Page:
The stubborn Book Man of Portland, Indiana


Here's a letter from an Indiana bookseller in 1907, more notable for its letterhead than anything else I can find about its author. In addition to books and Bibles, The Book Man sold magazines and stationery along with games, pictures, and miscellaneous items.


O.L. Hall, who billed himself as "The Book Man," typed this out, perhaps from his book shop, one summer day more than a hundred years ago in Portland, Indiana. His Walt Whitmanesque pose (Whitman below) makes for an impressive centerpiece in his letterhead.


Mr. Hall's tone in this letter to the Liss Mapping Co., in Lima, Ohio, shows his patience is wearing thin with the mapmakers a few counties over in the next state. He's not about to let unanswered letters and a little detail about Liss having gone out of business deter him from getting what he wants. He stubbornly makes another request in one long, rambling sentence:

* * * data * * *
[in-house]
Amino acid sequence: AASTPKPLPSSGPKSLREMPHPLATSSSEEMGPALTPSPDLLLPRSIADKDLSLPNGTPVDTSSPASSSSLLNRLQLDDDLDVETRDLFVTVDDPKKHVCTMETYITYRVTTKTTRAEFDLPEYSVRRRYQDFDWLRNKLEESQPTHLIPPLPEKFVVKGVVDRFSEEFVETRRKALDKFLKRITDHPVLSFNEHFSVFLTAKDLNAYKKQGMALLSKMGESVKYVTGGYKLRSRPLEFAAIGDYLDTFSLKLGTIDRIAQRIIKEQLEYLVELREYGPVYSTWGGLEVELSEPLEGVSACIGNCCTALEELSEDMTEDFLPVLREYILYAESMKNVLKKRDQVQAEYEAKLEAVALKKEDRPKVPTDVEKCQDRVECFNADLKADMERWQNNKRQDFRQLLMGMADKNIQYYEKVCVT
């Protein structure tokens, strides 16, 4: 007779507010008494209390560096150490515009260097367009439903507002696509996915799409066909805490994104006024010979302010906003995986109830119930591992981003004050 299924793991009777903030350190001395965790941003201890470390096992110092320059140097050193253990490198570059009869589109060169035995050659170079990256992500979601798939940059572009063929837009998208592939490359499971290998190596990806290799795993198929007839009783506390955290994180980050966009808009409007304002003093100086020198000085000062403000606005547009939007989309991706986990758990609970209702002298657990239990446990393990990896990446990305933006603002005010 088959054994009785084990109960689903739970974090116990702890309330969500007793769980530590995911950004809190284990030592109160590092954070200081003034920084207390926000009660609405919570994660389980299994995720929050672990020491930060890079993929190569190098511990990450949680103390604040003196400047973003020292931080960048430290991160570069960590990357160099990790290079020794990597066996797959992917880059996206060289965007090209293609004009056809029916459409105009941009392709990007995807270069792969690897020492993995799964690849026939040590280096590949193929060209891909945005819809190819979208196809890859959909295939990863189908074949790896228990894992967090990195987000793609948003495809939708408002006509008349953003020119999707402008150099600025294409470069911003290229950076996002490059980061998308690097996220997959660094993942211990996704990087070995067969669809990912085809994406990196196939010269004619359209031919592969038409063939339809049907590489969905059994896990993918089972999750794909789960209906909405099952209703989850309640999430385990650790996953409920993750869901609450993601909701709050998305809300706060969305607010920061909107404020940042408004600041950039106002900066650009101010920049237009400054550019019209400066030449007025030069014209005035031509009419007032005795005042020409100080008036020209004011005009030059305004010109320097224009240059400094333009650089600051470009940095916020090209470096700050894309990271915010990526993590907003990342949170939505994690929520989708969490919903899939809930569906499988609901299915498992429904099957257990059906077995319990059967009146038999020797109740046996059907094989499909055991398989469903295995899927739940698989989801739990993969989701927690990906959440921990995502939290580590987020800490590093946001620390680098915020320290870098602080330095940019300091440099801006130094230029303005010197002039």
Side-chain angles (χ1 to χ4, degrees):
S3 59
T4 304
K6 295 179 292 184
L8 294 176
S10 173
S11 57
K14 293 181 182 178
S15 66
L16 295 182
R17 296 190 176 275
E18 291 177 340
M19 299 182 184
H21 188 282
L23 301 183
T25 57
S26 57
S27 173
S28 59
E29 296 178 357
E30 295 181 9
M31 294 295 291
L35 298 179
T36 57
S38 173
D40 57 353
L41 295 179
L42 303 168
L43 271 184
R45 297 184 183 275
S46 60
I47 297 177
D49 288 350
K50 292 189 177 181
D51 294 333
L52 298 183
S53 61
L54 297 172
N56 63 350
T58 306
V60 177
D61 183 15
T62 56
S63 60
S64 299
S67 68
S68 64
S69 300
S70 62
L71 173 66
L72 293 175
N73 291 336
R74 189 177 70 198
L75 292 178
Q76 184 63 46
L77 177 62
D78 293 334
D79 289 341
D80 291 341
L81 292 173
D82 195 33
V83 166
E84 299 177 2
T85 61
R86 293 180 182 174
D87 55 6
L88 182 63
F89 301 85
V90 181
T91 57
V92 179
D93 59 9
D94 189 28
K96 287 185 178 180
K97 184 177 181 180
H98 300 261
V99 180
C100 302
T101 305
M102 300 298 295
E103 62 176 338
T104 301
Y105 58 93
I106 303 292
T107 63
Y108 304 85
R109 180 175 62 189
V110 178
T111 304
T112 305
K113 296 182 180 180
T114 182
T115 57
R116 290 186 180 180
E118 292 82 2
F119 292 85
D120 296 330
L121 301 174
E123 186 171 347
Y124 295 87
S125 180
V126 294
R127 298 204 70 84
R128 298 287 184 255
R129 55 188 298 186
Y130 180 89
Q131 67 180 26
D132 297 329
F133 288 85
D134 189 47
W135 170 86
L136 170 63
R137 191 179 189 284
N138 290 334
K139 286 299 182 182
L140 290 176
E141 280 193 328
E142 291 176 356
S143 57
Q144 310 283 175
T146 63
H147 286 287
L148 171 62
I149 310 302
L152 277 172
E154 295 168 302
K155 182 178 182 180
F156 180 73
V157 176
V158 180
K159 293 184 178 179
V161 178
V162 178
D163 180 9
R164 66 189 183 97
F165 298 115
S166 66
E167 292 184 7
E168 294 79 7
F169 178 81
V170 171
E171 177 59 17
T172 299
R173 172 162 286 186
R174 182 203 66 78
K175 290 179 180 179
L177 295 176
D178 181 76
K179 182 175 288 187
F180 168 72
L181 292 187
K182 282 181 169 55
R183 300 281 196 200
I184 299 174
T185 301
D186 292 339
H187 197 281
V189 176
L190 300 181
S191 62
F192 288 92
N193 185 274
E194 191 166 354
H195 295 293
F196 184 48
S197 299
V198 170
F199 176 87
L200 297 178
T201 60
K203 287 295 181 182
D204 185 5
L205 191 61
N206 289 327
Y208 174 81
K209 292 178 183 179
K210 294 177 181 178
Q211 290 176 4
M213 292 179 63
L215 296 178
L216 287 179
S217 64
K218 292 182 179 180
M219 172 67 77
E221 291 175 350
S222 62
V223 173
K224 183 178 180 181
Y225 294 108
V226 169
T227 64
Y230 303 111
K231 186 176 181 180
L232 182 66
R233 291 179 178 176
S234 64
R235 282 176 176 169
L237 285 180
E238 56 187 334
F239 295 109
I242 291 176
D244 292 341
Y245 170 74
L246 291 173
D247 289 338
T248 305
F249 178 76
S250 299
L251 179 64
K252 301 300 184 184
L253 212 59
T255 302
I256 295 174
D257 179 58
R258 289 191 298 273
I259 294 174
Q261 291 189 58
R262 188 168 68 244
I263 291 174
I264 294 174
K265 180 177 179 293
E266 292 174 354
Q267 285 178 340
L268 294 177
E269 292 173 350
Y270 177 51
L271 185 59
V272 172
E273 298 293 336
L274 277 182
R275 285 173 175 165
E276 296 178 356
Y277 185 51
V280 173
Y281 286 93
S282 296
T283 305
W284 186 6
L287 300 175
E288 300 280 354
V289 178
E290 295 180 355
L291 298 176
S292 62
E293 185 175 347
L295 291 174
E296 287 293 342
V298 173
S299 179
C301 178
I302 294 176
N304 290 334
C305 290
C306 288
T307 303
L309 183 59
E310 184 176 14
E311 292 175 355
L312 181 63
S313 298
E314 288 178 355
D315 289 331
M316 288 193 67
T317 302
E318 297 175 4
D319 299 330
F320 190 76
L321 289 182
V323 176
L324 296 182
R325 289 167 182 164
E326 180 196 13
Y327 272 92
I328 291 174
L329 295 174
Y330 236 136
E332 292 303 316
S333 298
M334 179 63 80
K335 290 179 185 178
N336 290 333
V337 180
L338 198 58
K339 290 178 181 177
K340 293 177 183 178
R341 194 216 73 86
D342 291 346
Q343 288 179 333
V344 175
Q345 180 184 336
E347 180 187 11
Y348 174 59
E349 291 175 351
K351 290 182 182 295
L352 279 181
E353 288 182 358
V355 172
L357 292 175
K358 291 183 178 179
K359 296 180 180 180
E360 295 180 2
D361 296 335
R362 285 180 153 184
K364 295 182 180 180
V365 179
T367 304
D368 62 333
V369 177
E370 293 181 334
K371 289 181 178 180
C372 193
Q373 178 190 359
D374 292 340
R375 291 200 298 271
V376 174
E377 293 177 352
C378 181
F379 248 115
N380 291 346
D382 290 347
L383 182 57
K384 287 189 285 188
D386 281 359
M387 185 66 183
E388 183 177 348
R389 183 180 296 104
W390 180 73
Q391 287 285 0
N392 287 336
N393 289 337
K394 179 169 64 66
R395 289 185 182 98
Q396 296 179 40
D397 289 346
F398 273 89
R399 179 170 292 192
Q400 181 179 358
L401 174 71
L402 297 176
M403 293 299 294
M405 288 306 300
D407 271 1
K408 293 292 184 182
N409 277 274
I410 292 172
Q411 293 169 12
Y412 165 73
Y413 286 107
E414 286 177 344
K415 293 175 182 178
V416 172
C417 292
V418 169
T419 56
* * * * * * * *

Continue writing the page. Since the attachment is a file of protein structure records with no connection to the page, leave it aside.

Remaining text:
Gentlemen;

I have written you twice, and received no answer and I have been informed that the business has been discontinued, but it does seem to me that someone gets my letters for none has been returned to me, and I want some of the Township Maps of this County, Jay, and would like these right away, and I think some one would be glad to make them, so kindly answer this stating where I can get some orders filled promptly, and graetly
(sic) oblige.

Yours truly,
O.L. Hall
I doubt he ever got his maps from the defunct company, but I'll give him a few points for stubborn persistence.

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